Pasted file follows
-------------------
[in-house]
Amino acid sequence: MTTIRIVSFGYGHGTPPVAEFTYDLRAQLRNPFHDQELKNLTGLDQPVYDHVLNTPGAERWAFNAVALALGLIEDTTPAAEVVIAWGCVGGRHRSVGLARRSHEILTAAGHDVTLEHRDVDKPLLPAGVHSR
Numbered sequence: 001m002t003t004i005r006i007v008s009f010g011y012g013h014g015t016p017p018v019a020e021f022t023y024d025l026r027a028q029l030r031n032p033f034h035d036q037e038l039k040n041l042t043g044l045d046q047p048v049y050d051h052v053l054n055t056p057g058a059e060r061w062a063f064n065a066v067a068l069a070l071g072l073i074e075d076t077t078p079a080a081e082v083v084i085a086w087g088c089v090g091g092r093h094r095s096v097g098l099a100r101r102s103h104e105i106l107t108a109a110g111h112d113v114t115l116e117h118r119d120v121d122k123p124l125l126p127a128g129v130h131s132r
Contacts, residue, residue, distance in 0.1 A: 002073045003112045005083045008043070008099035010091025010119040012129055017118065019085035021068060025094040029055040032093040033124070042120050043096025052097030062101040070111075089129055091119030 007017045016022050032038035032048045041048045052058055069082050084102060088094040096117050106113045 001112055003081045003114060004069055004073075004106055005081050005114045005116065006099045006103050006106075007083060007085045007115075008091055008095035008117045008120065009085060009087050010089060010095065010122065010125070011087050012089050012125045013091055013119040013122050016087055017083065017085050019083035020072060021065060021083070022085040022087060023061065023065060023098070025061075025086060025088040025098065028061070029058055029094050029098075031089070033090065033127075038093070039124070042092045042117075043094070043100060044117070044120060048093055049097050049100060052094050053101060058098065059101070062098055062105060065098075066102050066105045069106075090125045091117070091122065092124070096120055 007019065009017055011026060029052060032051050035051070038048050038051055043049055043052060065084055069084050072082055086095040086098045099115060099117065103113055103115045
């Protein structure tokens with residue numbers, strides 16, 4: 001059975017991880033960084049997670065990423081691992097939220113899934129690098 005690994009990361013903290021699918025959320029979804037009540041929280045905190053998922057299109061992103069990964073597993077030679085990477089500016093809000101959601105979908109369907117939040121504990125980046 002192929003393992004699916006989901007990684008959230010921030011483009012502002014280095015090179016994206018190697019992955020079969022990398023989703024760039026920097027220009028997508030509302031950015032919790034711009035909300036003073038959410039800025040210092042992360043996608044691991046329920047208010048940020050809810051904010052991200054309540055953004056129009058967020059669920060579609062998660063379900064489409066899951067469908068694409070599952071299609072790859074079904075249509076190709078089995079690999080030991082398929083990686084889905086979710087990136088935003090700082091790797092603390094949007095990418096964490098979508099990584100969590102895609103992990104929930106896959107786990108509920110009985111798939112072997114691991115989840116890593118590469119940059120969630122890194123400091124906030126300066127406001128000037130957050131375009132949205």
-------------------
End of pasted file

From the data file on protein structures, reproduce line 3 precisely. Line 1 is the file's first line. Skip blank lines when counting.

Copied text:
Numbered sequence: 001m002t003t004i005r006i007v008s009f010g011y012g013h014g015t016p017p018v019a020e021f022t023y024d025l026r027a028q029l030r031n032p033f034h035d036q037e038l039k040n041l042t043g044l045d046q047p048v049y050d051h052v053l054n055t056p057g058a059e060r061w062a063f064n065a066v067a068l069a070l071g072l073i074e075d076t077t078p079a080a081e082v083v084i085a086w087g088c089v090g091g092r093h094r095s096v097g098l099a100r101r102s103h104e105i106l107t108a109a110g111h112d113v114t115l116e117h118r119d120v121d122k123p124l125l126p127a128g129v130h131s132r